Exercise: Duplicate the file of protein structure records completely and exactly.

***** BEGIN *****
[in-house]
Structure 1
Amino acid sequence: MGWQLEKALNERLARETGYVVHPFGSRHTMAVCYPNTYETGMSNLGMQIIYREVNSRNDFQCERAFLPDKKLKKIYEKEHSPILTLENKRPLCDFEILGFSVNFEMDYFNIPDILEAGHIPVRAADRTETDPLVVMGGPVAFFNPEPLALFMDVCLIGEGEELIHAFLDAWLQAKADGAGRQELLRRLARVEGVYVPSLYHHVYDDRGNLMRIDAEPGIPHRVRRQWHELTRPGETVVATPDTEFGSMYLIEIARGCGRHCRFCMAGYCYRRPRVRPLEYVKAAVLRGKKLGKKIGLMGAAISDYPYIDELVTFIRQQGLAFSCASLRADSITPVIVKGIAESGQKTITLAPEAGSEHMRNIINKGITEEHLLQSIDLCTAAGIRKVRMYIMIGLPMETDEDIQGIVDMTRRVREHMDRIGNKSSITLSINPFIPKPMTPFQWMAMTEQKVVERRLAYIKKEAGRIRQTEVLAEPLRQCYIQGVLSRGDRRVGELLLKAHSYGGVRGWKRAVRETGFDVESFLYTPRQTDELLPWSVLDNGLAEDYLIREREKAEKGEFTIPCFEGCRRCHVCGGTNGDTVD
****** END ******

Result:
[in-house]
Structure 1
Amino acid sequence: MGWQLEKALNERLARETGYVVHPFGSRHTMAVCYPNTYETGMSNLGMQIIYREVNSRNDFQCERAFLPDKKLKKIYEKEHSPILTLENKRPLCDFEILGFSVNFEMDYFNIPDILEAGHIPVRAADRTETDPLVVMGGPVAFFNPEPLALFMDVCLIGEGEELIHAFLDAWLQAKADGAGRQELLRRLARVEGVYVPSLYHHVYDDRGNLMRIDAEPGIPHRVRRQWHELTRPGETVVATPDTEFGSMYLIEIARGCGRHCRFCMAGYCYRRPRVRPLEYVKAAVLRGKKLGKKIGLMGAAISDYPYIDELVTFIRQQGLAFSCASLRADSITPVIVKGIAESGQKTITLAPEAGSEHMRNIINKGITEEHLLQSIDLCTAAGIRKVRMYIMIGLPMETDEDIQGIVDMTRRVREHMDRIGNKSSITLSINPFIPKPMTPFQWMAMTEQKVVERRLAYIKKEAGRIRQTEVLAEPLRQCYIQGVLSRGDRRVGELLLKAHSYGGVRGWKRAVRETGFDVESFLYTPRQTDELLPWSVLDNGLAEDYLIREREKAEKGEFTIPCFEGCRRCHVCGGTNGDTVD